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#14 Running the Books: The Adventures of an Accidental Prison Librarian by Avi Steinberg

After graduating from Harvard, Avi Steinberg spends his days working as an obituary writer, a decision that neither satisfies his bank account nor his critical family and friends. Almost by accident, he finds himself applying to be a librarian in a tough Boston prison. As a newly minted prison librarian and creative writing instructor, Avi is given a unique insight into the prison and the complex individuals that populate it. But it doesn’t take long before the stress of his new working environment begins to have an impact on his physical and mental health.

While I was in library school, I ran across one woman who wanted to become a prison librarian. I remember admiring her passion for the subject, but had a hard time wrapping my mind around the concept of voluntarily spending any extended period of time in prison. At the beginning of Running the Books, Avi himself lacks the drive that I witnessed from my classmate, and instead almost falls into the position. I can’t help but be glad that he did because the result is a wonderfully written memoir on his two years on the job. I perceive Steinberg’s greatest strength as a writer is his ability to capture his subjects, in all of their quirks in complexities. Over time, Steinberg comes to care for the inmates who visits the library and his writing classes, and I couldn’t help but be equally entranced by his subjects as well.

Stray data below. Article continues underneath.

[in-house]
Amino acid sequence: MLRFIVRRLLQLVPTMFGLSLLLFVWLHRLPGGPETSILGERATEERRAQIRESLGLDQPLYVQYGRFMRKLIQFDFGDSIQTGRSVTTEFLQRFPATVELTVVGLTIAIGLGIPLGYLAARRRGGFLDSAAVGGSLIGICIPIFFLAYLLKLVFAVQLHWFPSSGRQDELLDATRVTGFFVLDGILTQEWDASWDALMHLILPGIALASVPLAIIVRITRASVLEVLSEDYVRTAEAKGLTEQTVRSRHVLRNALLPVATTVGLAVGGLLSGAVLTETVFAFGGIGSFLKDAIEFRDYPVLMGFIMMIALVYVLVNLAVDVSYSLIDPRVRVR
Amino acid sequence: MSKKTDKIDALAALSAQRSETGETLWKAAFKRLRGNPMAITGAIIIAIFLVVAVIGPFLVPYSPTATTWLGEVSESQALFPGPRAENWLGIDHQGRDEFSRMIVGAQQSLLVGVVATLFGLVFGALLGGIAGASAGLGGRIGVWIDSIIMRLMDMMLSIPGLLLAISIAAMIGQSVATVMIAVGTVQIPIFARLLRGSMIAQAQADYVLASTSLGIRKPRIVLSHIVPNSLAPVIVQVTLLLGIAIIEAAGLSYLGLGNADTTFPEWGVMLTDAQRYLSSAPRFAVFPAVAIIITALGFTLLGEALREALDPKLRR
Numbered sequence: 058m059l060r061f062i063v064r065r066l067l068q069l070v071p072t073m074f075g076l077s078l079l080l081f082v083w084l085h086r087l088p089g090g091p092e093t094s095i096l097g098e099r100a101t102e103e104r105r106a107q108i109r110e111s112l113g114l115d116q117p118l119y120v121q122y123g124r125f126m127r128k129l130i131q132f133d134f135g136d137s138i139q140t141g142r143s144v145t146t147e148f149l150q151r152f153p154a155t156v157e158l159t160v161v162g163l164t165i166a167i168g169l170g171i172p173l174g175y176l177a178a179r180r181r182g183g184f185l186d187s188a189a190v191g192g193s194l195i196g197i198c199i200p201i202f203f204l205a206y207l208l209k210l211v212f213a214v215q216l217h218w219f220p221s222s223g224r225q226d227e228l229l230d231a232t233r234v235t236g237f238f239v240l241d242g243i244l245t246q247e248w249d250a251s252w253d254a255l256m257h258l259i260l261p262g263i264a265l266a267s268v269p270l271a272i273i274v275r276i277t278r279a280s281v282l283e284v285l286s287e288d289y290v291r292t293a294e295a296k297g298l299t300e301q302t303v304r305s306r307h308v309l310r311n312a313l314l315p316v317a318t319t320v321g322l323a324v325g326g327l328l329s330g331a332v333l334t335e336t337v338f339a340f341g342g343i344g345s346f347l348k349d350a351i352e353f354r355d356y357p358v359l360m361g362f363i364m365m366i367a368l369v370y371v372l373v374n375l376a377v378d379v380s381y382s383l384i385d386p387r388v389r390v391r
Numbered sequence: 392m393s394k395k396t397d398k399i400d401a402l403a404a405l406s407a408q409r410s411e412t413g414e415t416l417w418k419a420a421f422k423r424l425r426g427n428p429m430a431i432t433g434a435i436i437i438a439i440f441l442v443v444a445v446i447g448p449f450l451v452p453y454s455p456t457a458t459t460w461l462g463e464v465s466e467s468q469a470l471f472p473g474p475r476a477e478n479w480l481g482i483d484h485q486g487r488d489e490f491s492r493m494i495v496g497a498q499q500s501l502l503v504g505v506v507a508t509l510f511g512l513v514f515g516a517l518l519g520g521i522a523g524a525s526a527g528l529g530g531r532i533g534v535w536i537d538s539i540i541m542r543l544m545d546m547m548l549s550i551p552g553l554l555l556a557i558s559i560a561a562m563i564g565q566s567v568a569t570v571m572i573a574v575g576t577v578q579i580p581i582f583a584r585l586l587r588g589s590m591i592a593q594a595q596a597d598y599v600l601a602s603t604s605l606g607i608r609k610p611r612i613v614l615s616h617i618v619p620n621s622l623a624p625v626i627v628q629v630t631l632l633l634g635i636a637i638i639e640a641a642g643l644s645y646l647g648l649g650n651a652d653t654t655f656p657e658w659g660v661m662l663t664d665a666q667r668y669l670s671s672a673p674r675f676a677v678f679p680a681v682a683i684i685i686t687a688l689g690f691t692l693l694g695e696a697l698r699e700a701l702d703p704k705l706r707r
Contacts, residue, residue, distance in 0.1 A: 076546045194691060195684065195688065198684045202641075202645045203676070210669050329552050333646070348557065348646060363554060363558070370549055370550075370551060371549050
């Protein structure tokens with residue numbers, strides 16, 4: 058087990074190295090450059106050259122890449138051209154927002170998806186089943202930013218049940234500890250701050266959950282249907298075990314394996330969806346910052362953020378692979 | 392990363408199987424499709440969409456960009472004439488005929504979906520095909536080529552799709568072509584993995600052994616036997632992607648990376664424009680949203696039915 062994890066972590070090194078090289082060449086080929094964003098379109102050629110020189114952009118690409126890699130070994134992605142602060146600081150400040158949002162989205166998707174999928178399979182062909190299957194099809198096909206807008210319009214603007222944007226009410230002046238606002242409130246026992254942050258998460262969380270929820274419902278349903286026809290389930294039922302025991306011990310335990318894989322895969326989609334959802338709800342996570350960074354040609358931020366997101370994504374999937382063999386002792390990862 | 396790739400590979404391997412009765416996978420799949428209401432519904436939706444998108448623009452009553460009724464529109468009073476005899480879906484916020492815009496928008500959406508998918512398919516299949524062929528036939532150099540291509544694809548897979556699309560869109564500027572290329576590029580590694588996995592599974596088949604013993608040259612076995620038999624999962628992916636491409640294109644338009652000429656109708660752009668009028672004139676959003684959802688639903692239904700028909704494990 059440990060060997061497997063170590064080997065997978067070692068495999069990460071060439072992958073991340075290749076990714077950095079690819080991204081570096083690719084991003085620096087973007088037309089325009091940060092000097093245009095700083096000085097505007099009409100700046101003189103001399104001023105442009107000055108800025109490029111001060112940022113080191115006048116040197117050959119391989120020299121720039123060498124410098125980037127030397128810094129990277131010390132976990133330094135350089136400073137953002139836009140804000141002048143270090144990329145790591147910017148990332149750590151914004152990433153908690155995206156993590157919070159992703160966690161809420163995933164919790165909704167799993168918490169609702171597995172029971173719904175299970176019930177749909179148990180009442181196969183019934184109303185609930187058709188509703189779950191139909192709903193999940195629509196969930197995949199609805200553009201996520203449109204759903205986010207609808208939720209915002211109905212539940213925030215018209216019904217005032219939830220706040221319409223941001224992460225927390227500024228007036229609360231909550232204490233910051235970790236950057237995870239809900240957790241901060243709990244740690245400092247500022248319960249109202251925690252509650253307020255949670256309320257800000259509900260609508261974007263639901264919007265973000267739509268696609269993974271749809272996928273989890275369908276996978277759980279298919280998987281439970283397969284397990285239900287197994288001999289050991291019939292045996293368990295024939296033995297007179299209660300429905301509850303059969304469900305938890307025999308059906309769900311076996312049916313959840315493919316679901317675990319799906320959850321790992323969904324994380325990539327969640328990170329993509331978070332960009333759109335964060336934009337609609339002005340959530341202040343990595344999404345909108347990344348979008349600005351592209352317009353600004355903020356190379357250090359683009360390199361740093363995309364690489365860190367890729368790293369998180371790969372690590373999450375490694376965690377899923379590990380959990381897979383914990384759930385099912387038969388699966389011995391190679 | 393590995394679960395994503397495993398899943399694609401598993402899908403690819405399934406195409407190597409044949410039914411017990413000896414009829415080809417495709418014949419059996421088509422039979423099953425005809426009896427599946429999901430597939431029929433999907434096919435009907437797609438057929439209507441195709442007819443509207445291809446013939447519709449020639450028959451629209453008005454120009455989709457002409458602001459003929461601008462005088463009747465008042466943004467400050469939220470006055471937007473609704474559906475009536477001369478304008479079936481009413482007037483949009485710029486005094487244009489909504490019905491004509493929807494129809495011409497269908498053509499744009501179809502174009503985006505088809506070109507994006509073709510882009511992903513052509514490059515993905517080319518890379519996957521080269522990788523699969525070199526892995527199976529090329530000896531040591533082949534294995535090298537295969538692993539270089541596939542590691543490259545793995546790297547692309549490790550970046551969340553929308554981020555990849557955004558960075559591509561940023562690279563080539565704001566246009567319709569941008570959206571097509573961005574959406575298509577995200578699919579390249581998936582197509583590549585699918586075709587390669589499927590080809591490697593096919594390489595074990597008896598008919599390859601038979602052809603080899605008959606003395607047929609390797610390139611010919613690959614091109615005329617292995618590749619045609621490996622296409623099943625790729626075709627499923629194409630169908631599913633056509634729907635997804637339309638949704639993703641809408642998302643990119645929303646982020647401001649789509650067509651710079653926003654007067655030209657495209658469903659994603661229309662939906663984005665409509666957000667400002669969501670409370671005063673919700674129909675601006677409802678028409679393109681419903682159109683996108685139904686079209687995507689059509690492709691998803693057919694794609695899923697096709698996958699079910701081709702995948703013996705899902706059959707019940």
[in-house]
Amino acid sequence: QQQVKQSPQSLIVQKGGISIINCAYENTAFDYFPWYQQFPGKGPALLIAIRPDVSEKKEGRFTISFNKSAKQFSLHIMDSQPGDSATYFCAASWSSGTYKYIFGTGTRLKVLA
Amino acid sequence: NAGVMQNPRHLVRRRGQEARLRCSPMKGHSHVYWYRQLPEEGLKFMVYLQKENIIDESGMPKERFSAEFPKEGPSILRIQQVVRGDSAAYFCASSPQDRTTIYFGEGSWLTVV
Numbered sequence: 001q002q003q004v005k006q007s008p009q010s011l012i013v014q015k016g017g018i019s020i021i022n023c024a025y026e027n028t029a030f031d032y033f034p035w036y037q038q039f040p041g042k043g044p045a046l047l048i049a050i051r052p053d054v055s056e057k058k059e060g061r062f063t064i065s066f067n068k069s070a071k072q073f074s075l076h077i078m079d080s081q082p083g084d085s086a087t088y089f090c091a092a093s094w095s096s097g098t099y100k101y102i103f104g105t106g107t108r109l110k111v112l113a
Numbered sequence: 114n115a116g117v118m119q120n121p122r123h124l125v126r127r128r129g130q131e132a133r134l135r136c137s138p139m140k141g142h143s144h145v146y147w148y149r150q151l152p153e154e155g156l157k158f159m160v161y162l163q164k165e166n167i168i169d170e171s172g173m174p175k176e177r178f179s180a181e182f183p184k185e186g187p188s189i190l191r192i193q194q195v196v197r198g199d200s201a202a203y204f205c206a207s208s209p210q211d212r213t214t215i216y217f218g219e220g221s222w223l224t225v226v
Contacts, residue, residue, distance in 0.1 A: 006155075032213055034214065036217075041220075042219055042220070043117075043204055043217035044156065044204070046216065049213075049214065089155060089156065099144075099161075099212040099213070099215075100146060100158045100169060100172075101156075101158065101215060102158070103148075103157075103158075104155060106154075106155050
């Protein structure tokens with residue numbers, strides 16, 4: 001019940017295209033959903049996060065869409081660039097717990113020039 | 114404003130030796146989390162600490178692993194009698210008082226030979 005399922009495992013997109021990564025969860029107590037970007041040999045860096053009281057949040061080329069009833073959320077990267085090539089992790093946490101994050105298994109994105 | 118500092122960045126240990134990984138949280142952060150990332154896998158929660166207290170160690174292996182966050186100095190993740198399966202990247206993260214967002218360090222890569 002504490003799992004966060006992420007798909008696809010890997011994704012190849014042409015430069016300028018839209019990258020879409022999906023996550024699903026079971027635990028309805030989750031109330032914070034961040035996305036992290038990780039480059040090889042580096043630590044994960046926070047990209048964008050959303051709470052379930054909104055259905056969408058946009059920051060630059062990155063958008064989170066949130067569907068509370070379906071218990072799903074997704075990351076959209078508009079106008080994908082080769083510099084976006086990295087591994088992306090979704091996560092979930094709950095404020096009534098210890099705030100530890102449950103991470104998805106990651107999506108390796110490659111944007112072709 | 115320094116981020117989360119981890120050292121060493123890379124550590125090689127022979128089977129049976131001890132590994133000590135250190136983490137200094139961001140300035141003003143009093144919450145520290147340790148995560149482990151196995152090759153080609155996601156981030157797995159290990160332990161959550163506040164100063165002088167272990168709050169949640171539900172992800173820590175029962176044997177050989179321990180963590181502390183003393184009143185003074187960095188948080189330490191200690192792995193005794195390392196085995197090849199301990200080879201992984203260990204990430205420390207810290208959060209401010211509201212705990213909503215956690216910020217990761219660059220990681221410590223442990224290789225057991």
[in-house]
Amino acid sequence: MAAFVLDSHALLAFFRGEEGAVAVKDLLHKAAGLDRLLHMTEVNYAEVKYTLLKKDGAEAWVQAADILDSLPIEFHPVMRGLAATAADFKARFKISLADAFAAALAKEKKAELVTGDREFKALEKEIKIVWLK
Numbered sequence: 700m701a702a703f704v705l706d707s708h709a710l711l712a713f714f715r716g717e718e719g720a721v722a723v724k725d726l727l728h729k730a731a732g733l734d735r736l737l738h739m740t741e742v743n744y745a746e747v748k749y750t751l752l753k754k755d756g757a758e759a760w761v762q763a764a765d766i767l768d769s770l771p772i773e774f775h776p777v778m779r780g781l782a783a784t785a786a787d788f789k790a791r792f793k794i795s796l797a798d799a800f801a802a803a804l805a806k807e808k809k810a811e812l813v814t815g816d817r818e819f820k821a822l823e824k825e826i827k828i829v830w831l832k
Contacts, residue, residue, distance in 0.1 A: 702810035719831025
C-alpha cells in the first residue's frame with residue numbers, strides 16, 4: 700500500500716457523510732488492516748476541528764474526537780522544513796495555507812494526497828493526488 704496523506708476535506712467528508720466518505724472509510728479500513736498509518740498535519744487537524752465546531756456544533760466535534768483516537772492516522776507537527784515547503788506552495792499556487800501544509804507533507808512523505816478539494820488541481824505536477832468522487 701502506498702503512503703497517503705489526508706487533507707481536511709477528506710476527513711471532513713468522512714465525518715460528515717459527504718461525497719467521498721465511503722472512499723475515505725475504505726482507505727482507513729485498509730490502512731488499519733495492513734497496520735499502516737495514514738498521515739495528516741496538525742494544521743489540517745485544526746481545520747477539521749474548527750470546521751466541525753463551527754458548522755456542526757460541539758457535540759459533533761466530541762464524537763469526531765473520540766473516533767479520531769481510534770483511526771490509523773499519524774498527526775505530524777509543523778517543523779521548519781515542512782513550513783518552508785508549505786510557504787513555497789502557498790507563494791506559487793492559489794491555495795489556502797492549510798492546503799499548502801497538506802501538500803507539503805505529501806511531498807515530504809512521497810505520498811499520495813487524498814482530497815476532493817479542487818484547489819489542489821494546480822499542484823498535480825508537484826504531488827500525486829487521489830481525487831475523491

Running with the Books hits all of the big emotional centers. Steinberg has a real knack for portraying humor, so I often found myself laughing out loud at the bizarre situations he would find himself in. At the same time, the books is not only lighthearted, and I found myself truly touched by some of the sad or more serious moments. The book is also a mostly smooth read, even if it did feel a little over long. This makes it a great selection for people, like myself, that don’t read a lot of nonfiction. Another aspect I really enjoyed about Running with the Books was the eye opening view it gave of prison life. Before picking up this novel, my main source of knowledge on the inner workings of a prison came form movies (mainly Cool hand Luke and the Shawshank Redemption). This made Running the Books a very informative read as well as an emotionally stimulating one.

Running with the Books is a well written memoir about a fascinating subject. Librarians in particular will enjoy this book, as well as anyone with any interest on prison life, and the power of books and writing.

Rating: four and a half stars
Length: 399 pages
Source: Readfield Community Library
Other books I've read by this author: this is my first

Next I will be reviewing A Million Suns by Beth Revis

xposted to temporaryworlds, bookish, and goodreads
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